Why you should care
Because while Pauli Murray might not have been a woman of her time, she is certainly a woman of our time.
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You probably never learned about the Rev. Dr. Pauli Murray in school when you were studying another reverend–doctor and the U.S. civil rights movement. But you should have. Pauli Murray was a civil rights leader well ahead of her time. She was mixed race. She was transgender. It was often hard for her to find acceptance. “One of the great things about Pauli Murray is that she could easily have been crushed by all of the rejection that she met,” says Rosalind Rosenberg, author of Jane Crow: The Life of Pauli Murray, “but she turned this sense of being in between into one of the most important ideas of the 20th century.”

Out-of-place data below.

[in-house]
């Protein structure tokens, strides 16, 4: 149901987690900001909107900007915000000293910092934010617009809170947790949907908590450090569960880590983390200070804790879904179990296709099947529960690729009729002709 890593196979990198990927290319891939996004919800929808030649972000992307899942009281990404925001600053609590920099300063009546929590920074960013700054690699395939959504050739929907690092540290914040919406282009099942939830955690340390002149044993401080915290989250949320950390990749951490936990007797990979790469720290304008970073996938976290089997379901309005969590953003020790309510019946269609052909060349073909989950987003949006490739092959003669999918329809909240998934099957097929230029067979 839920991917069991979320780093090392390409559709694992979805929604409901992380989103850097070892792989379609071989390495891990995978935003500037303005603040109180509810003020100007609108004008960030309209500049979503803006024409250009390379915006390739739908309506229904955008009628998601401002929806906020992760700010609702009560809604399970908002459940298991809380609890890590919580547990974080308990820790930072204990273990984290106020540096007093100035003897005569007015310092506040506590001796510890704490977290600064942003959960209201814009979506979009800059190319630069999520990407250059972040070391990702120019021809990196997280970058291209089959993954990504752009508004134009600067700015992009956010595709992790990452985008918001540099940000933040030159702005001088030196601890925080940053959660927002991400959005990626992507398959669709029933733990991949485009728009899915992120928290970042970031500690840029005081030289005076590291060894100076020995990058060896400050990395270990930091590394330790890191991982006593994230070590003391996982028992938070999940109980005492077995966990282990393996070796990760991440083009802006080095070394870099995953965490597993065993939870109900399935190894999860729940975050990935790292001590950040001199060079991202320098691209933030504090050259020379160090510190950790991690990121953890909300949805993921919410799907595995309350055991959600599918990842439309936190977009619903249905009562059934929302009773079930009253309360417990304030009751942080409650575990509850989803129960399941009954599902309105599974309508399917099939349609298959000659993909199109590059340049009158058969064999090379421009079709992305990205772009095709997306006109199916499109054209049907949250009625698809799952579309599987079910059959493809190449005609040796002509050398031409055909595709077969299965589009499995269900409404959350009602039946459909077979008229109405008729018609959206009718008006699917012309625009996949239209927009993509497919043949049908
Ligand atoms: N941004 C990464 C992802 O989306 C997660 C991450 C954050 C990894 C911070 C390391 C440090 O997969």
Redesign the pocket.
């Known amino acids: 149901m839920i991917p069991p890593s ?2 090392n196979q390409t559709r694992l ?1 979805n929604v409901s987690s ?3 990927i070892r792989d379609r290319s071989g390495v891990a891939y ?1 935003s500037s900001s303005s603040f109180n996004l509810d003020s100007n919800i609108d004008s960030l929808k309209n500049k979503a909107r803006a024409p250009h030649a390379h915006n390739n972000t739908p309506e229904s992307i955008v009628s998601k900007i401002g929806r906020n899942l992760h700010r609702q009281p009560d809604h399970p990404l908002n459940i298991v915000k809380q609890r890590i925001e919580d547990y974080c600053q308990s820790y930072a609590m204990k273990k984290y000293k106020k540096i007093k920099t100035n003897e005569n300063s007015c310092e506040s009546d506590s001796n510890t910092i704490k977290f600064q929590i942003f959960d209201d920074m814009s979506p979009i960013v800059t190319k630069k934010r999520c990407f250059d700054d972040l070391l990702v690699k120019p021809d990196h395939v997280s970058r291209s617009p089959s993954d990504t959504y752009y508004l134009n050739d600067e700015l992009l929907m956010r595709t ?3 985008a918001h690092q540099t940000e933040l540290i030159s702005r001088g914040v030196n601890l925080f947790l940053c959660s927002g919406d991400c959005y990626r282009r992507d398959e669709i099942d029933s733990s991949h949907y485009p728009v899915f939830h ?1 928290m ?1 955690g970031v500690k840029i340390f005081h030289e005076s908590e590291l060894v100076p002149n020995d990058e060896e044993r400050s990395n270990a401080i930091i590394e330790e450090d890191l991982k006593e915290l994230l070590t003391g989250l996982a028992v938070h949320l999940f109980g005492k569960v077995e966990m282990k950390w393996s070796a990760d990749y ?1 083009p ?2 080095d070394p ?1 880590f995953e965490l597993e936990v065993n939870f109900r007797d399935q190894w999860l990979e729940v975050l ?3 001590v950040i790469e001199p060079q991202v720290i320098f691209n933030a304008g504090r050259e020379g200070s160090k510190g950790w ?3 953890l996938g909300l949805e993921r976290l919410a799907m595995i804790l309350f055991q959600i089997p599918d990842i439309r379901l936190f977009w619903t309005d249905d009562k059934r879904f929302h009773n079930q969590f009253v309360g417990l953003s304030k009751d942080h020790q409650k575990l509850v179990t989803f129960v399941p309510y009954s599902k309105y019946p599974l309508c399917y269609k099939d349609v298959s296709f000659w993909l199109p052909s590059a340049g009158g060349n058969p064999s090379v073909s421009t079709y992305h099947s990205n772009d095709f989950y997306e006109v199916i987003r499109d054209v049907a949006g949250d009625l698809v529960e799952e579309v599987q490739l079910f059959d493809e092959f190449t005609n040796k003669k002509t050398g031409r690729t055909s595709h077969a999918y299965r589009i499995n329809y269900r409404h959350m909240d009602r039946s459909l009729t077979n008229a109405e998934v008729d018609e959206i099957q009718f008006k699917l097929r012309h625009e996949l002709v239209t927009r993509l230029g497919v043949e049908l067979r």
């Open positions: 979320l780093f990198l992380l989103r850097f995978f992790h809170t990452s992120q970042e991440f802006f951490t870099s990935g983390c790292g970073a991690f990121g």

Murray knew from her own experiences what the law did not recognize. She knew race and gender were largely arbitrary categories without fixed boundaries. She knew it was just as wrong to discriminate against someone because of their gender as it was because of their race — something many of the men in the civil rights movement did not acknowledge. And time and time again, she proved what a civil rights pioneer she was. Nearly two decades before the restaurant sit-ins of the early 1960s, Murray led dozens of Black students at Howard University in a successful one. And in 1940, 15 years before Rosa Parks refused to give up her seat on a Montgomery, Alabama, bus, Murray refused to give up hers on a bus in Virginia.
This week on The Thread, a podcast from OZY, we cover the story of Pauli Murray, including how she set out to change how lawyers and the law thought about race and gender discrimination.